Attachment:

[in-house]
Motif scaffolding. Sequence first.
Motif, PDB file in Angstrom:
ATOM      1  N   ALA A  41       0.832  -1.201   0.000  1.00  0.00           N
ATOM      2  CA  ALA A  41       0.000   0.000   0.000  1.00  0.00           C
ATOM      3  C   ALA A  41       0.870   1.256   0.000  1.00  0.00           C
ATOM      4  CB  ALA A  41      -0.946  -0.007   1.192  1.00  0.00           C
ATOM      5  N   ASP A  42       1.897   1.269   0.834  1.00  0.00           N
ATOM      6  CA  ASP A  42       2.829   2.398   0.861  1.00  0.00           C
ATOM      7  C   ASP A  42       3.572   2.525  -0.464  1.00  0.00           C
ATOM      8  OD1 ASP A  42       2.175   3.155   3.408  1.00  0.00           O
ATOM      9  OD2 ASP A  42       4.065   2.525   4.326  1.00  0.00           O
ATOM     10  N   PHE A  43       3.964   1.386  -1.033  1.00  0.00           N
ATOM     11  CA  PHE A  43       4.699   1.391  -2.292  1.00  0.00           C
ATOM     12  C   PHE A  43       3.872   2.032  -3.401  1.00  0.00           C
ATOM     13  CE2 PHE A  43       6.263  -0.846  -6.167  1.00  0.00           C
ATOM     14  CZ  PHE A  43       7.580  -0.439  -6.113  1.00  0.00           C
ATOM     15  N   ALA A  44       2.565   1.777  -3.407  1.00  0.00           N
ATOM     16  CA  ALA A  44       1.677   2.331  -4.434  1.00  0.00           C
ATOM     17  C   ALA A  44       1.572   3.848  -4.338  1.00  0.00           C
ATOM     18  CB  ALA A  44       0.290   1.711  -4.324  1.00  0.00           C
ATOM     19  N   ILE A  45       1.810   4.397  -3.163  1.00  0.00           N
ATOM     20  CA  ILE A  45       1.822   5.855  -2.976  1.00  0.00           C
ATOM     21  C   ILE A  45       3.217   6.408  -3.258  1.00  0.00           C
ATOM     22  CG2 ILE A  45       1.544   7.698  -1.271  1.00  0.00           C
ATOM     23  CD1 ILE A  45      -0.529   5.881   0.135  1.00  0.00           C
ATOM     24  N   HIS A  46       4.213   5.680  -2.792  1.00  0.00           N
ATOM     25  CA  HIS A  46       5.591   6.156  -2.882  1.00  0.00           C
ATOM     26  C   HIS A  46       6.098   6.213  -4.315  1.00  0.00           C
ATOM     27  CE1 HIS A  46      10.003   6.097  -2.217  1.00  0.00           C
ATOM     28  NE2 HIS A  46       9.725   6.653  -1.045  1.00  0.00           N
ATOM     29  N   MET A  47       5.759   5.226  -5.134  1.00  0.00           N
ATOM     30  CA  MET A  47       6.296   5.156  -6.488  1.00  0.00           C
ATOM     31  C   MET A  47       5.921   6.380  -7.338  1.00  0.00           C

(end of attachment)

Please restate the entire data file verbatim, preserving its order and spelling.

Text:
[in-house]
Motif scaffolding. Sequence first.
Motif, PDB file in Angstrom:
ATOM      1  N   ALA A  41       0.832  -1.201   0.000  1.00  0.00           N
ATOM      2  CA  ALA A  41       0.000   0.000   0.000  1.00  0.00           C
ATOM      3  C   ALA A  41       0.870   1.256   0.000  1.00  0.00           C
ATOM      4  CB  ALA A  41      -0.946  -0.007   1.192  1.00  0.00           C
ATOM      5  N   ASP A  42       1.897   1.269   0.834  1.00  0.00           N
ATOM      6  CA  ASP A  42       2.829   2.398   0.861  1.00  0.00           C
ATOM      7  C   ASP A  42       3.572   2.525  -0.464  1.00  0.00           C
ATOM      8  OD1 ASP A  42       2.175   3.155   3.408  1.00  0.00           O
ATOM      9  OD2 ASP A  42       4.065   2.525   4.326  1.00  0.00           O
ATOM     10  N   PHE A  43       3.964   1.386  -1.033  1.00  0.00           N
ATOM     11  CA  PHE A  43       4.699   1.391  -2.292  1.00  0.00           C
ATOM     12  C   PHE A  43       3.872   2.032  -3.401  1.00  0.00           C
ATOM     13  CE2 PHE A  43       6.263  -0.846  -6.167  1.00  0.00           C
ATOM     14  CZ  PHE A  43       7.580  -0.439  -6.113  1.00  0.00           C
ATOM     15  N   ALA A  44       2.565   1.777  -3.407  1.00  0.00           N
ATOM     16  CA  ALA A  44       1.677   2.331  -4.434  1.00  0.00           C
ATOM     17  C   ALA A  44       1.572   3.848  -4.338  1.00  0.00           C
ATOM     18  CB  ALA A  44       0.290   1.711  -4.324  1.00  0.00           C
ATOM     19  N   ILE A  45       1.810   4.397  -3.163  1.00  0.00           N
ATOM     20  CA  ILE A  45       1.822   5.855  -2.976  1.00  0.00           C
ATOM     21  C   ILE A  45       3.217   6.408  -3.258  1.00  0.00           C
ATOM     22  CG2 ILE A  45       1.544   7.698  -1.271  1.00  0.00           C
ATOM     23  CD1 ILE A  45      -0.529   5.881   0.135  1.00  0.00           C
ATOM     24  N   HIS A  46       4.213   5.680  -2.792  1.00  0.00           N
ATOM     25  CA  HIS A  46       5.591   6.156  -2.882  1.00  0.00           C
ATOM     26  C   HIS A  46       6.098   6.213  -4.315  1.00  0.00           C
ATOM     27  CE1 HIS A  46      10.003   6.097  -2.217  1.00  0.00           C
ATOM     28  NE2 HIS A  46       9.725   6.653  -1.045  1.00  0.00           N
ATOM     29  N   MET A  47       5.759   5.226  -5.134  1.00  0.00           N
ATOM     30  CA  MET A  47       6.296   5.156  -6.488  1.00  0.00           C
ATOM     31  C   MET A  47       5.921   6.380  -7.338  1.00  0.00           C